The Women Of Ancient Greece You Need To Know
At first glance, you could almost be fooled into thinking that there were no influential women in Ancient Greece. But when you choose to look a little deeper you will find some incredible stories of Greek women who left their mark. These women may be less known than the famous Greek philosophers like Socrates and Plato. But don’t forget that there were famous female philosophers as well! While women were often oppressed and vastly overshadowed by men in these times, there were the women of Ancient Greece that began to turn this narrative on its head. They fought to pave the way for those that came after them. These are their stories.
Let me first introduce you to one of the most important women of Ancient Greece. For this, we need to go back in time over 2,000 years, which brings us to the golden age, when Athens was in its prime and led by the powerful Pericles. It’s also where we meet his wife, Aspasia. Aspasia came from Myletus, as she was not an Athenian citizen, she belonged to the class known as metoikoi. In a way this allowed her to escape the traditional restraints put upon Athenian women.
She was disliked by the Athenian elite. The men thought she exerted great influence on Pericles, and historians to this day believe that many of his famous speeches were partly written by her. During her partnership with Pericles, she would become one of the most influential political and cultural figures of classical Greece. No woman in Athens had the influence and fame that Aspasia acquired. No matter where the line between myth and reality lies, historians agree that Aspasia paved the road for a more equal society in Athens, and the opportunity for more women to be accepted as intellectual figures and leaders.
The Amazons. The women of Ancient Greece that everyone knows about. These powerful women warriors are reinvigorated by modern-day depictions in movies and novels, yet they were also an integral part of many ancient myths. Some historians believed that the Amazons were merely a fictional creation. Tactfully placed to reinforce the Greek heroes power when they killed these fearsome warriors. But little do people know is that these women really existed.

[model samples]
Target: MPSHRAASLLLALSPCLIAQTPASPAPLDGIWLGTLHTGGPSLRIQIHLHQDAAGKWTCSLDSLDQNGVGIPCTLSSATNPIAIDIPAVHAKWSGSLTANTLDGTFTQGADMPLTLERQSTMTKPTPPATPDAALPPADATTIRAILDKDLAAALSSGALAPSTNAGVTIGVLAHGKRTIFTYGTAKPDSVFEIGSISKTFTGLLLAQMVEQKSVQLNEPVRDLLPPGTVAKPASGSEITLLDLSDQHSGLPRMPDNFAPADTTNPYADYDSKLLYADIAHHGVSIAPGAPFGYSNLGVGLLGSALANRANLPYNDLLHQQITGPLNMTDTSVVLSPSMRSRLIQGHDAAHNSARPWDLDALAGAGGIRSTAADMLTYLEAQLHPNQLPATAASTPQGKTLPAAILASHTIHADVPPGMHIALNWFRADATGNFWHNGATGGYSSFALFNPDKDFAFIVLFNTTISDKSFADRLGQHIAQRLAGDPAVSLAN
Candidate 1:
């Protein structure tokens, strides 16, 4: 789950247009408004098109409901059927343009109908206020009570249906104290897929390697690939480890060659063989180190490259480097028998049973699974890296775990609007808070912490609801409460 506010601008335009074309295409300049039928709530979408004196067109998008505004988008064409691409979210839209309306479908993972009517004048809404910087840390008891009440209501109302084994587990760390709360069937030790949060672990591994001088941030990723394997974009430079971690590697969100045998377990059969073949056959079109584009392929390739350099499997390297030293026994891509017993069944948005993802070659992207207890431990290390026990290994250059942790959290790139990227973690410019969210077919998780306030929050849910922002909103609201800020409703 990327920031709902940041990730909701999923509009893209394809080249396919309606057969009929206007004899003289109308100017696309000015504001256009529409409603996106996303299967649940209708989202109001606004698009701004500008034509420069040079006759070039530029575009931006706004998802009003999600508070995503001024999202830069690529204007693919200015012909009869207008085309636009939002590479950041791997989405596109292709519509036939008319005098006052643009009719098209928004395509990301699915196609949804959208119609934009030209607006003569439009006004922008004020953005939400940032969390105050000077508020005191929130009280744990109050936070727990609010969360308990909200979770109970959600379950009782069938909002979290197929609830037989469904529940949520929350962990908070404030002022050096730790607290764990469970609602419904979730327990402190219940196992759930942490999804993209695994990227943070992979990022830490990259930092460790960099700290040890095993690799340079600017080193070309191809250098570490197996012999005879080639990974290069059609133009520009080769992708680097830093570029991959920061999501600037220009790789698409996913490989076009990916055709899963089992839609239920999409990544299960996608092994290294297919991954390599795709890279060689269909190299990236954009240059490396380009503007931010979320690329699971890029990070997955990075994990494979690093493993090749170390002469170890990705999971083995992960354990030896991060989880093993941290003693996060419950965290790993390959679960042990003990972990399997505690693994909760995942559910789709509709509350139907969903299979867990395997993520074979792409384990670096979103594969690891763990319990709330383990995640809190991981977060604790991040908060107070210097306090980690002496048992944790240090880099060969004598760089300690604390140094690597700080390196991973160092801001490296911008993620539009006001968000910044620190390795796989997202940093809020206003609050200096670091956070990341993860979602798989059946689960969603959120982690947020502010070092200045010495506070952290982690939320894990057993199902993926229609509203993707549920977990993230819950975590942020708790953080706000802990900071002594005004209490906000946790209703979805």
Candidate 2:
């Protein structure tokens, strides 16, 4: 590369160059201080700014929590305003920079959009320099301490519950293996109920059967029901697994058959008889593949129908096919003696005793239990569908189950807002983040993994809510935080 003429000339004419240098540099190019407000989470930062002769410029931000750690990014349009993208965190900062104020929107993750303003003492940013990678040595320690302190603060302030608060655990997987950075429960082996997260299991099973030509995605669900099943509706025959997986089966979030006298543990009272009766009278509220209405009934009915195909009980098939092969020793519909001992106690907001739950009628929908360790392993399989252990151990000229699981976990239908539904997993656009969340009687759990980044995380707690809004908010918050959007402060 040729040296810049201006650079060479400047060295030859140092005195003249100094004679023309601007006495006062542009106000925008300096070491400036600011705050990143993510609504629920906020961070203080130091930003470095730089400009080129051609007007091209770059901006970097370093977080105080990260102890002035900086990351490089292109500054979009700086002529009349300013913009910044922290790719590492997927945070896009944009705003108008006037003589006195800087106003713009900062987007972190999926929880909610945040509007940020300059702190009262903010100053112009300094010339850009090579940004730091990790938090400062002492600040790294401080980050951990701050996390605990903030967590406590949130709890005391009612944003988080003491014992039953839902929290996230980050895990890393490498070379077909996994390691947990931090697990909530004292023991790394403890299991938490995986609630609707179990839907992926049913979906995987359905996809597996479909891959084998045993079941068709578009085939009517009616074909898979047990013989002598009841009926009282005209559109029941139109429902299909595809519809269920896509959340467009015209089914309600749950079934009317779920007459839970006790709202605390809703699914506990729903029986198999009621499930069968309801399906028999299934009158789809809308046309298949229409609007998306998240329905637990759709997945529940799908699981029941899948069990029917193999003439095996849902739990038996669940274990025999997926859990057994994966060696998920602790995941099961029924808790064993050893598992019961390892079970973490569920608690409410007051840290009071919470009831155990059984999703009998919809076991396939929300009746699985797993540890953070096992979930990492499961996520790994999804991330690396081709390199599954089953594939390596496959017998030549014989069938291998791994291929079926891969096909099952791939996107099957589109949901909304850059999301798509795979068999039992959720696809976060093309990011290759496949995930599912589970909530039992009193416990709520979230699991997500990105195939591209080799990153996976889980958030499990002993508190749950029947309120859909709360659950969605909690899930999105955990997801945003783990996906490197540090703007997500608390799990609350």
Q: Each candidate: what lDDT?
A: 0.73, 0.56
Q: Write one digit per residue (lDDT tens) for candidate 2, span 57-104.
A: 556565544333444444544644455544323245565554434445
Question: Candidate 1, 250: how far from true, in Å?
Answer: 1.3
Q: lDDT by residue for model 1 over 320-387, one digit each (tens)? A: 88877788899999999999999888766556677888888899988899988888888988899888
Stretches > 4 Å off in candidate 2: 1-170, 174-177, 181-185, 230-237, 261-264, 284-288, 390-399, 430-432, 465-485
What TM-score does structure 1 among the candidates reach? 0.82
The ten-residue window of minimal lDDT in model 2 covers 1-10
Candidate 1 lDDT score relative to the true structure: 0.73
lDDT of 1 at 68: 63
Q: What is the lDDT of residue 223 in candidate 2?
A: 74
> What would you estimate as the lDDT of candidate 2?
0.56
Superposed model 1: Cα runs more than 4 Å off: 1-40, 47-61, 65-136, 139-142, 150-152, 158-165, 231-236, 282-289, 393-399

Recent archaeological findings in Russia has pointed to the real Amazonian women. There are telltale signs that point to these women being Amazons. The first being a woman that was buried with her legs bowed and with two spears, indicating she was a horsewoman. While others were buried with ceremonial pieces that indicated their importance as leaders. Due to their warrior status, these women received the same funerary rites that men receive.
Cynisca was a Spartan princess and another important woman in Ancient Greece. This is because in 396 BC she was to become the first ever female Olympian. This might strike you as strange because you might know that women were not allowed to compete in the Ancient Olympics, it was an event reserved only for men. Women were not even allowed to watch. But there was one way they could get involved and that was in the chariot racing events. Women could participate if they were only training or breeding horses.
So, this is exactly what she did. But she also took it a step further. Cynisca was a woman of great influence and wealth which gave her a firm grounding to negotiate her way into participating in the games. Surprising everyone, she went on the win the chariot race! After Cynisca’s win, many other women went on to compete. She is considered to have been the driving force behind this change and was honoured for her skill.
The story of Agnodice is another wonderful tale of perseverance and female power. Women in Ancient Greece were discouraged from practicing medicine. Yet she became known as the first female physician. Agnodice decided to pursue her career even though, legally, she was not allowed to. She dressed as a man and attended the school of Herophilos, who is known as the father of anatomy.
After graduating she would go on to attend to women in labour. She found that they were very hesitant to trust male physicians. So, she would reveal herself to them and having another female presence in the room helped them feel at ease. Agnodice helped many Athenian women deliver their babies. However, it wasn’t long until she was discovered and trialled for breaking the law. Appalled at this injustice, after everything she had done for them, the women of Athens rallied to her defense and urged for the law to be changed. Agnodice is another example of powerful women creating a chain reaction of positive change for the women of Ancient Greece.